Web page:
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Republic of Bolivia

Coat of arms of Bolivia
Coat of arms
Motto: "La Unión es la Fuerza" (Spanish)
"Unity is Strength"[1]
Anthem: National Anthem of Bolivia  (Spanish)
Location of  Bolivia  (dark green) in South America  (grey)
Location of  Bolivia  (dark green)

in South America  (grey)

CapitalSucre, La Paz [1]
Largest citySanta Cruz de la Sierra
17°48′S 63°10′W / 17.800°S 63.167°W / -17.800; -63.167
Official languages[2]
Ethnic groups
GovernmentUnitary presidential constitutional republic
• President
Luis Arce
David Choquehuanca
LegislaturePlurinational Legislative Assembly
Chamber of Deputies
from Spain
• Declared
6 August 1825
• Recognized
21 July 1847
• Current constitution
7 February 2009
• Total
1,098,581 km2 (424,164 sq mi) (27th)
• Water (%)
• 2015 estimate
11,410,651[4] (83rd)
• Density
10.4/km2 (26.9/sq mi) (221st)
GDP (PPP)2017 estimate
• Total
$83.608 billion[5] (91st)
• Per capita
$7,552[5] (119th)
GDP (nominal)2017 estimate
• Total
$39.267 billion[5] (96th)
• Per capita
$3,546[5] (119th)
Gini (2014)Negative increase 48.4[6]
HDI (2015)Steady 0.674[7]
medium · 118th
CurrencyBoliviano (BOB)
Time zoneUTC−4 (BOT)
Driving sideright
Calling code+591
ISO 3166 codeBO
Internet and .bol
  1. ^ While Sucre is the constitutional capital, La Paz is the seat of the government, as member of the UCCI, as the de facto capital. See below.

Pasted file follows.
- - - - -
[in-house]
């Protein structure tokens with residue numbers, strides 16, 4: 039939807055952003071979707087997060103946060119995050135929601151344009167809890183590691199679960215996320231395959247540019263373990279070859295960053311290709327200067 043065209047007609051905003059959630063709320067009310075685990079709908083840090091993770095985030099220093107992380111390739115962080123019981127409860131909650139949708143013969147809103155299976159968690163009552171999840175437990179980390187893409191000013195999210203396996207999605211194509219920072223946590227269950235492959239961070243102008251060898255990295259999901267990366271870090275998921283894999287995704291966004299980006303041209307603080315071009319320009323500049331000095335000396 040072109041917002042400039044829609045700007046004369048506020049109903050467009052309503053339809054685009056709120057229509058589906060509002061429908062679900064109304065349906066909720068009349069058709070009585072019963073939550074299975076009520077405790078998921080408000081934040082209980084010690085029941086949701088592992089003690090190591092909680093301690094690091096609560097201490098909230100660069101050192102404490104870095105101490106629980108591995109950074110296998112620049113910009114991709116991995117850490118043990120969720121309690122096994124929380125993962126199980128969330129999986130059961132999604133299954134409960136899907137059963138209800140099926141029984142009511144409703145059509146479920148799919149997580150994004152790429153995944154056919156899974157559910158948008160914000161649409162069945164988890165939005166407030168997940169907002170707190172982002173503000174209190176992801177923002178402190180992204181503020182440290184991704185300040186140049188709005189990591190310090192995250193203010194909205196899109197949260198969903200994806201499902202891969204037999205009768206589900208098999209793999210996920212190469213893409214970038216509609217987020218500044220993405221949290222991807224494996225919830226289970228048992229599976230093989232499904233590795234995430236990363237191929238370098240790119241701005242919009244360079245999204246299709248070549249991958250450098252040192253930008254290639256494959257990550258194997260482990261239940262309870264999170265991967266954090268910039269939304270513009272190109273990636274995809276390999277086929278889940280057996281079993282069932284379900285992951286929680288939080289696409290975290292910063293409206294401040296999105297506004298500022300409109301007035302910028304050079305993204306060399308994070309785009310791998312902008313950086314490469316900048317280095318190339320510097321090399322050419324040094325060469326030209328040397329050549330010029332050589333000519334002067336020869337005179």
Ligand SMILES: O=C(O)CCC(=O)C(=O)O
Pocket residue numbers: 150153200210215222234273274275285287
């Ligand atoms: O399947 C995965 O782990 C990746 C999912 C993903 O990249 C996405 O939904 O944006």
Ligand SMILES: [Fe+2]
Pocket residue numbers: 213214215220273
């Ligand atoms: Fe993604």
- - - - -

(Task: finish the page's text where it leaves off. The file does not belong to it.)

Bolivia (officially called Republic of Bolivia) is a country in South America. It is land locked by Brazil, Paraguay, Argentina, Peru, and Chile. Jeanine Áñez became the president of Bolivia in November 2019, after longtime president Evo Morales was overthrown. The population of Bolivia is 10.67 million (2013).[8]

Bolivia is named after Simón Bolívar. The main languages are Spanish and Quechua, but there are other languages too.

History[change | change source]

Bolivia used to be a colony of Spain. The silver mines in Bolivia made most of Spain's money, and Spain used Bolivians as slaves to work in the mines. After many wars, Simón Bolívar helped Bolivia to be an independent country.

Geography[change | change source]

Map of Bolivia from the CIA World Factbook

Bolivia is 424,135 mi² (1,098,581 km²).[9] This means that Bolivia is the world's 28th-largest country (after Ethiopia). It is the same sort of size as Mauritania.

Bolivia is a landlocked nation, which means every border of Bolivia is a border with another country, and so it does not have a sea. It used to own some of the Pacific coast, but it lost it in 1879 in the War of the Pacific. The west of Bolivia is on the Andes mountain range. The highest mountain in Bolivia is called Nevado de Sajama and it is near the city of Oruro. Although this part of the country is very high with lots of mountains, there are also parts of Bolivia which are very flat, and parts of the country which are very near sea level. There is also a bit of Bolivia covered by the Amazon rainforest, and a big lake which is the highest lake in the world. This lake is called Lake Titicaca.

The major cities are La Paz, El Alto, Santa Cruz de la Sierra and Cochabamba. For other places in Bolivia see List of cities in Bolivia.